“Having said that, other researchers are trying to find out the ways of how to reduce the cost of those types of mulch films,” he said.
Much of his team’s work orients around bringing costs down to something the market can stomach, largely by finding ways to integrate low-cost “fillers” into the manufacturing. In many cases, those fillers come from agricultural residue.
The centre’s second-highest ag-related priority is the development of bale wrap.
Bale wrap accounts for a “huge amount of polyethylene,” the centre’s lead scientist, Manjusri Misra, said.
Bale wrap was the third-most-popular use for low-density polyethylene behind grain bags and silage tarp, according to the same 2019 Cleanfarms report. The study reported about 129.6 tonnes of plastic going to bale wrap a year.
Like their research into mulch film, staff at the Bioproducts Discovery and Development Centre is looking at lowering cost.
“We are taking the combination of some of the biodegradable plastic and into that we are adding some agro-residues like corn stover, wheat straw, to make that film more cost competitive,” Mohanty said.
There is no commercialized compostable bale wrap yet, he added, although he expects to see it developed in the next few years.
The centre’s other ag-related projects include alternatives to greenhouse plastics.
Bakos does not expect the road ahead to be all smooth sailing.
As food packaging, he noted, his product must meet or exceed the requirements for traditional plastic containers — and he needs the product verification and certification to back it up.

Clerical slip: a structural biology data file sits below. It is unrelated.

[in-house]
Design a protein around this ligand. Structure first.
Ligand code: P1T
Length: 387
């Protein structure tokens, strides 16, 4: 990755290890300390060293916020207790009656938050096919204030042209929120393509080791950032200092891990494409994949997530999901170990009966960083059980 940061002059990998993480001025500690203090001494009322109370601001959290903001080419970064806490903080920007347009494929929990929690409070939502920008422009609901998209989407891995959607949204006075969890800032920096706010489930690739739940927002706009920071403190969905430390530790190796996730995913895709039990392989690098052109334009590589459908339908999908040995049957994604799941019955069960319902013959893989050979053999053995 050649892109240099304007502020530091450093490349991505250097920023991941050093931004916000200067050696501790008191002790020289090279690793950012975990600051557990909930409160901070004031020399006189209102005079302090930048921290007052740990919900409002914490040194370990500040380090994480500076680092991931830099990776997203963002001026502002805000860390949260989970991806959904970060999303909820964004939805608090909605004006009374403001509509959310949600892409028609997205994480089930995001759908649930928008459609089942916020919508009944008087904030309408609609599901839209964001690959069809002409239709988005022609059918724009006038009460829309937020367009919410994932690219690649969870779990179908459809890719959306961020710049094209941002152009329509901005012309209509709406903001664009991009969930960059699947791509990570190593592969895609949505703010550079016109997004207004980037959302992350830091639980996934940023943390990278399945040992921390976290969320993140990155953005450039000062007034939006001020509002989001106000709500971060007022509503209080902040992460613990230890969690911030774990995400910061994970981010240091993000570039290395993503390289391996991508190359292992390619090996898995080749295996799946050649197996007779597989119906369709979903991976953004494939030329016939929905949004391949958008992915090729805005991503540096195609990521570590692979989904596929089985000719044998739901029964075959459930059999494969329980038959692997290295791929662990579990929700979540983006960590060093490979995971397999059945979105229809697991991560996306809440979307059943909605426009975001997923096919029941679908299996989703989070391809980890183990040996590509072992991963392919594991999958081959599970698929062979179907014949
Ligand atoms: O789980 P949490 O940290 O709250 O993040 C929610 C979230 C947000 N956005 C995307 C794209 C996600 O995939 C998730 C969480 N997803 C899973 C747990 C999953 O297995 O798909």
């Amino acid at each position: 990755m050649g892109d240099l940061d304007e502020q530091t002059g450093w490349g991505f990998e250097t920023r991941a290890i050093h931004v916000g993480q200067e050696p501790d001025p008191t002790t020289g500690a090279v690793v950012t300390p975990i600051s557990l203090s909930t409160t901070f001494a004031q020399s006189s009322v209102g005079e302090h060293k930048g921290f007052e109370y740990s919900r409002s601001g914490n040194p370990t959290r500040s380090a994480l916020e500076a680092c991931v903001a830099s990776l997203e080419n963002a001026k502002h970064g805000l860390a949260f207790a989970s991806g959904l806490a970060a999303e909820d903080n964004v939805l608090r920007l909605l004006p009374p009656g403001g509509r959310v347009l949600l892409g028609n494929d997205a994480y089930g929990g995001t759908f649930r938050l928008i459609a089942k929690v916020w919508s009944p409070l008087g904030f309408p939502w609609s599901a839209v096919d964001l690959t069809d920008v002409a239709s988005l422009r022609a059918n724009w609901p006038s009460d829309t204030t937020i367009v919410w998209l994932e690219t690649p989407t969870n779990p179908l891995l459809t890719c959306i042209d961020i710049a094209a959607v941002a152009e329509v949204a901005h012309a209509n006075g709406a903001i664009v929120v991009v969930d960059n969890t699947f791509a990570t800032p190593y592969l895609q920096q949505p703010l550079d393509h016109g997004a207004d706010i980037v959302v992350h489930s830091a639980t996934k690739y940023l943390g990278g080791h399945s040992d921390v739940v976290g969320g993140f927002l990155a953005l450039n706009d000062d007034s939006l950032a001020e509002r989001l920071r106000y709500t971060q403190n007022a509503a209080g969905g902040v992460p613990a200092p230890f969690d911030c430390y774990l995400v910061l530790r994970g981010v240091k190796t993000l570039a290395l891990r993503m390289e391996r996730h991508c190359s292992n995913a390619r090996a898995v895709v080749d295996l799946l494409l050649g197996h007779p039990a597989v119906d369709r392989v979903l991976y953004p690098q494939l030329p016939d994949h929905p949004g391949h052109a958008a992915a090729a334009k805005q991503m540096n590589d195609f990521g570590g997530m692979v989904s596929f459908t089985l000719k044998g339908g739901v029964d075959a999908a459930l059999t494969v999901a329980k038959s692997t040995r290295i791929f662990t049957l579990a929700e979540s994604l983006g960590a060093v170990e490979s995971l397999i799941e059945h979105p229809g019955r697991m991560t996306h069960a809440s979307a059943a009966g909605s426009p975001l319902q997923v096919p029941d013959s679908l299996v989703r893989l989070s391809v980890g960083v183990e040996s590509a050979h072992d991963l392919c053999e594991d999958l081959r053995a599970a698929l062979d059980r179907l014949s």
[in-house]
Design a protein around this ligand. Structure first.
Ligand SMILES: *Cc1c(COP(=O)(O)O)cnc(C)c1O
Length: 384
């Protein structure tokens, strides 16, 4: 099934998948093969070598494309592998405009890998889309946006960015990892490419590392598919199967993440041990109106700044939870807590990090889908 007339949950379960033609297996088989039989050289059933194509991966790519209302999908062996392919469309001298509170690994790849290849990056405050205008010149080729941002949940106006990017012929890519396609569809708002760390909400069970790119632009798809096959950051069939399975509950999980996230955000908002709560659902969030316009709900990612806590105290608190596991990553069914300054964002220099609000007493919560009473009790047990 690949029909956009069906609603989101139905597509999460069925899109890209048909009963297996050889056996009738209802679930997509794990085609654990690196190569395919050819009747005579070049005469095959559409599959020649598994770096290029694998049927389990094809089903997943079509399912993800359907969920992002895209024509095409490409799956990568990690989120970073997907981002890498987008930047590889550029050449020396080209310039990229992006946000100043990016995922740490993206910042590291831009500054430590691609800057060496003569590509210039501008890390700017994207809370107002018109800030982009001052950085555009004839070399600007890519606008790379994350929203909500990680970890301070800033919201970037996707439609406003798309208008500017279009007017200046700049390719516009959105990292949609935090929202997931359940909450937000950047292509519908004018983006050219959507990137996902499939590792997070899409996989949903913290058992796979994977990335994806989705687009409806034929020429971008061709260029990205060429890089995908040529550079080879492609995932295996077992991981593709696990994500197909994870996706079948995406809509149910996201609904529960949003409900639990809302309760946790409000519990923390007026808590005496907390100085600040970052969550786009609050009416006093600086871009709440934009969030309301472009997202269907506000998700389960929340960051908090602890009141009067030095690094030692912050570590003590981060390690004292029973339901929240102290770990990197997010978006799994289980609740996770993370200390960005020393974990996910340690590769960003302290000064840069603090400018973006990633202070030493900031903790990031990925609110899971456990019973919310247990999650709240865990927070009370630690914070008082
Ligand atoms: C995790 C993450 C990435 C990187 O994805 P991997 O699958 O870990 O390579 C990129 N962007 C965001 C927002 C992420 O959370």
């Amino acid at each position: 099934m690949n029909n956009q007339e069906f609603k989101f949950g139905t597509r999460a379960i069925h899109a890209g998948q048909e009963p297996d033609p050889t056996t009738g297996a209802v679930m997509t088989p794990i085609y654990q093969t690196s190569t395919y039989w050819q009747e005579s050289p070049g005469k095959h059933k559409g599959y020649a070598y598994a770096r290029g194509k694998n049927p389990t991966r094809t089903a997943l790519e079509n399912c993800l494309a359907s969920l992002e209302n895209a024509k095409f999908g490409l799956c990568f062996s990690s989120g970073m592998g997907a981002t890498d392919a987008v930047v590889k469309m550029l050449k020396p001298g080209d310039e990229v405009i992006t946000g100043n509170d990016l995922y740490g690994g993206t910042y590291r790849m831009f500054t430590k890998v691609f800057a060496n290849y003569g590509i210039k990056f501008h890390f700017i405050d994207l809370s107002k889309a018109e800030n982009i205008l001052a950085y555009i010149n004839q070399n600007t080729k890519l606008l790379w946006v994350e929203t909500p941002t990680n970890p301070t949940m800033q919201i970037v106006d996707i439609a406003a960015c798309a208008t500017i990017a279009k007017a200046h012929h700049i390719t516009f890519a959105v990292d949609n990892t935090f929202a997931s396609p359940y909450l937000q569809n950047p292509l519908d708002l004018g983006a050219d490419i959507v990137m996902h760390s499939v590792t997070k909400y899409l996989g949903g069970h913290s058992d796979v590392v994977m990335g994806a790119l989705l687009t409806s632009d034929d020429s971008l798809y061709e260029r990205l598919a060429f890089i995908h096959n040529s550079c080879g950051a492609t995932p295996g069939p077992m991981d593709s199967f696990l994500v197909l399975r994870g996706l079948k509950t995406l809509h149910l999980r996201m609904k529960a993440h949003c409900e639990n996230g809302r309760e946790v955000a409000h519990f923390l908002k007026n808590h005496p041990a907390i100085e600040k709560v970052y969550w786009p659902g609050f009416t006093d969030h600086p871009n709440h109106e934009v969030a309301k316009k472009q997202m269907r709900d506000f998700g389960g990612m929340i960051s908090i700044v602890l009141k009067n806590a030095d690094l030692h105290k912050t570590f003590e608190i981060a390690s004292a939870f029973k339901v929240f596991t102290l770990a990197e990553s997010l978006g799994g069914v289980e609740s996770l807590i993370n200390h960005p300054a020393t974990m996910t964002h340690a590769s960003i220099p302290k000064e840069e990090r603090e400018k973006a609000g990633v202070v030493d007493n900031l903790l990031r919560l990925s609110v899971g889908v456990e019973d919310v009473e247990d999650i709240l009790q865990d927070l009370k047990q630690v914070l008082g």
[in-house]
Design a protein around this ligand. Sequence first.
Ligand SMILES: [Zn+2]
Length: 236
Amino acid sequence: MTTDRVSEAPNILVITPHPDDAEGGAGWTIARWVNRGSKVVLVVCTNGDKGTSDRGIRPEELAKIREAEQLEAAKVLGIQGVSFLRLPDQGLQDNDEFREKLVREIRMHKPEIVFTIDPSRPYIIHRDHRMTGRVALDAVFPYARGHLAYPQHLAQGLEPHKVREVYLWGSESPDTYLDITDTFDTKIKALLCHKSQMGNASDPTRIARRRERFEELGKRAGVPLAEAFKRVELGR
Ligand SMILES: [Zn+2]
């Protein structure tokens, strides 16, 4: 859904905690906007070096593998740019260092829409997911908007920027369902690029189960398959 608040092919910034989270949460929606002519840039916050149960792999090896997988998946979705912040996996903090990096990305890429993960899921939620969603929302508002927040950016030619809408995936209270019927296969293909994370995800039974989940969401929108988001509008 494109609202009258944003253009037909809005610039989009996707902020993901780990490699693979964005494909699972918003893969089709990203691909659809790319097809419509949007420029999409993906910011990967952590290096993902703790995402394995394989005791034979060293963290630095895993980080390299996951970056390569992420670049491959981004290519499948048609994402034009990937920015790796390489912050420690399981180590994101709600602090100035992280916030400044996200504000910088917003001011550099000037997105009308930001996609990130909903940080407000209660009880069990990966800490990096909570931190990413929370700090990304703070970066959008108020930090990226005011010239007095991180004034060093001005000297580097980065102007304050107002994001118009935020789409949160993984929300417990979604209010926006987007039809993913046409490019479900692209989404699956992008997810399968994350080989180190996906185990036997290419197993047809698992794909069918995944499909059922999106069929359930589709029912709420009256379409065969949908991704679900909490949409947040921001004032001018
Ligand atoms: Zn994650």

There has been active interest, Bakos said. Seven Canadian companies are in line as potential customers, and businesses like local restaurants have expressed anxious excitement, given the incoming regulations that might curtail their current food packaging.
Cost, however, will likely determine the burgeoning sector’s success, and it’s one of the biggest hurdles that bioplastic developers have yet to overcome.
“The end-users definitely want it now,” Bakos said. “They don’t necessarily want to pay a lot more for it.”
Bioplastics in general are still more expensive than the products they hope to replace. Resins from Titan Clean Energy Products are still 1-1/2 times more expensive than plastics already on the market, Bakos admitted. He argued, however, that his company’s price point closes the gap compared to some similar bioplastic producers.
The use of low-cost agricultural inputs are part of the efforts to bring price down, Bakos said, along with steps such as generating their own energy. The result is lower input costs than some similar manufacturers, he said.